A memorial service is usually about the past. But a service honoring the victims of the 1992 terrorist attack at the Israeli Embassy was also about the present — and the future. Braving an afternoon of constant rain, hundreds of people gathered at a Buenos Aires corner to pay tribute to the 29 people killed in the attack.
Last Friday’s demonstration started exactly at 2:50 p.m., the time on March 17, 1992, that a bomb destroyed the local embassy.
Calls for justice in the still-unsolved case were heard, as was criticism of Iran, which is believed to be behind the embassy bombing, as well as a 1994 terrorist attack on the AMIA Jewish center here.
Israel’s ambassador to Argentina, Rafael Eldad, demanded that Argentina and the international community consider the Islamic government of Iran a “global threat.”
Eldad was the cultural attache during the attack; he was out of the office at the AMIA center when the bomb destroyed the embassy.
To Eldad, Iran’s responsibility for the Israeli Embassy and AMIA attacks were precursors to the Islamic republic’s current threats to build a nuclear weapons program and calls by its president, Mahmoud Ahmadinejad, to destroy Israel.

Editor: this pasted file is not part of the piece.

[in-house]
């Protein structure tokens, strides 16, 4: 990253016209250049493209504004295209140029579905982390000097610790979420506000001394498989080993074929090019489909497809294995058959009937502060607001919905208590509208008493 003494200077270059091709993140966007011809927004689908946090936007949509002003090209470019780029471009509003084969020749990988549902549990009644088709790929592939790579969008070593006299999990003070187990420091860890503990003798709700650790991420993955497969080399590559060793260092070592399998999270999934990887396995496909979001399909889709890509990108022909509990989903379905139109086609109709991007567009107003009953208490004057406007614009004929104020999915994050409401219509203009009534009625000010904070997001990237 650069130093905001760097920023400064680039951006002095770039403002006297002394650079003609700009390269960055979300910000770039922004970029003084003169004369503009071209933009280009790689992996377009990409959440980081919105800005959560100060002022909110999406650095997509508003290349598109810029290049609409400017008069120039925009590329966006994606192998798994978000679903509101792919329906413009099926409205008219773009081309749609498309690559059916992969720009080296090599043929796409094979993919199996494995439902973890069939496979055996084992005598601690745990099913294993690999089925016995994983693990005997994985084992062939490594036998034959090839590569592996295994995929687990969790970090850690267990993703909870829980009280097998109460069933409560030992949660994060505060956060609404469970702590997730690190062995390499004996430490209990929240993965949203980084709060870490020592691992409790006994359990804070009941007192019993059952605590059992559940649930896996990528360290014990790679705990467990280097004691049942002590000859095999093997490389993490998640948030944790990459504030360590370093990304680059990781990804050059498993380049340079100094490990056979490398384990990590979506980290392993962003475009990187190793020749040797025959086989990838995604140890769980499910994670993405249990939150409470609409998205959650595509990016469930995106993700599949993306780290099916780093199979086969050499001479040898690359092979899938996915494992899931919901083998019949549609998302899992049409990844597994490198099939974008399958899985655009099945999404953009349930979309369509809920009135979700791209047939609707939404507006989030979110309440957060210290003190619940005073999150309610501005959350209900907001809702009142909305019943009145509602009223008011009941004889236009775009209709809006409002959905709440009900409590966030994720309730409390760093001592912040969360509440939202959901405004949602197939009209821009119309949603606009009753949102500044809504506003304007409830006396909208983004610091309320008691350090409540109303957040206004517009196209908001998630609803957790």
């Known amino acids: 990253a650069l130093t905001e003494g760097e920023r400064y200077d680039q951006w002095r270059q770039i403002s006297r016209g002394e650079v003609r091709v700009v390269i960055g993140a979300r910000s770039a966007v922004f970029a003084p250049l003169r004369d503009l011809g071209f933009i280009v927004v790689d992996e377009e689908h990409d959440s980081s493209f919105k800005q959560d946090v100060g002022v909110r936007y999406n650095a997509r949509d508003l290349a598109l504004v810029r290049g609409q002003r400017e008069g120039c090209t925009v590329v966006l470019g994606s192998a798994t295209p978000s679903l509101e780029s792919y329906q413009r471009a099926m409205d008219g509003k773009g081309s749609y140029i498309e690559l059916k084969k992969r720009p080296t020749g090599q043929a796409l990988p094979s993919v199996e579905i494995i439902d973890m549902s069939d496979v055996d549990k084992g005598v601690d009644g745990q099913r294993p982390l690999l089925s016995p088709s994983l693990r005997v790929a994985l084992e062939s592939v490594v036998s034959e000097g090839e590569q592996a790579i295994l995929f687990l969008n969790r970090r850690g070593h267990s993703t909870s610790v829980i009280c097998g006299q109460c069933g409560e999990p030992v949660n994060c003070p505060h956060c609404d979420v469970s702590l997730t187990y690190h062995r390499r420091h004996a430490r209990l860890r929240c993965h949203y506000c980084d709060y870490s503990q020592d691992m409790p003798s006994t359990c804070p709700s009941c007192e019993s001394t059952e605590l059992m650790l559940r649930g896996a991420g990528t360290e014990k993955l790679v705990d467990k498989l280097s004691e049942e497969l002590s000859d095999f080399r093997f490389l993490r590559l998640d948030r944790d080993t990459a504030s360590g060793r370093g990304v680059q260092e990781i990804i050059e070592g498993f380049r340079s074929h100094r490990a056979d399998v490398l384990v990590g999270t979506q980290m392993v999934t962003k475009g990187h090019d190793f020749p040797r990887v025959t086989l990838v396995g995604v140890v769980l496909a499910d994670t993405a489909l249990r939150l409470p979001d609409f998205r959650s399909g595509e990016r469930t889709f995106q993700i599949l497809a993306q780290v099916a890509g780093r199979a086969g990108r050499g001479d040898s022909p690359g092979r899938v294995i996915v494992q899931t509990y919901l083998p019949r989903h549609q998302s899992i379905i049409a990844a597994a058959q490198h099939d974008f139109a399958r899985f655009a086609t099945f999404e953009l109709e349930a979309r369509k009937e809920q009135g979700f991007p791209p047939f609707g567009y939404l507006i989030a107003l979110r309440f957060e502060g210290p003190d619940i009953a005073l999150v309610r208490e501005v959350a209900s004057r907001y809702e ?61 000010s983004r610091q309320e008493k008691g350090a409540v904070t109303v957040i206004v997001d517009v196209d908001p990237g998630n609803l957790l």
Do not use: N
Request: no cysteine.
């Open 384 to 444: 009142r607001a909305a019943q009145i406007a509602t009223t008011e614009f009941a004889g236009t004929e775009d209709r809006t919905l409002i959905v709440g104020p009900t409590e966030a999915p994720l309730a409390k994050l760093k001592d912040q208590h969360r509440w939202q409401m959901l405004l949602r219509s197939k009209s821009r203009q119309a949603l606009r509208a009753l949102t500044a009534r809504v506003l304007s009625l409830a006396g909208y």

Under strict security measures — including dogs and explosives division police officers — Jewish leaders, victims’ relatives, rabbis and students listened to a shofar being blown.
Jorge Telerman, Buenos Aires’ new mayor and the city’s first Jewish leader, also attended the event.
Telerman’s public participation in this commemoration was his first since he formally took office this month.
Two hours before the service, some 100 people protested in front of the Iranian Embassy. Young members of the Zionist World Organization, with the support of the Argentina Zionist Organization, AMIA and the DAIA Jewish political umbrella group gathered in front of the embassy to repudiate the Islamic republic’s policies and actions.
“We are here to warn Argentine society that we should be careful with Iranian politics, that this country had a lot to do with the AMIA and Israeli embassy attacks,” said Ariel Merper, coordinator of the Maccabean Argentine Youth.
Young members of the Jewish community were also present at the embassy commemoration.
“I always recall I was at school when the Israeli Embassy was bombed, and we had to evacuate our Jewish school immediately. I recall the rush. I am aware there are almost no advances in the investigation of this case. But I have hope. I look for justice,” said Eliana Rapp, 24.
Salomon Said stood a few feet away from Rapp. A man who lost his son, Ricardo Hugo Said, and his nephew, Marina Raquel Said, in the AMIA attack, Said attends every demonstration to press for justice.
Although most believe that Hezbollah and Iran were responsible for the embassy attack, this has never been proven. The Argentine Supreme Court, in charge of the investigation, has not made much progress in the case.
The Archive of the Jewish Telegraphic Agency includes articles published from 1923 to 2008. Archive stories reflect the journalistic standards and practices of the time they were published.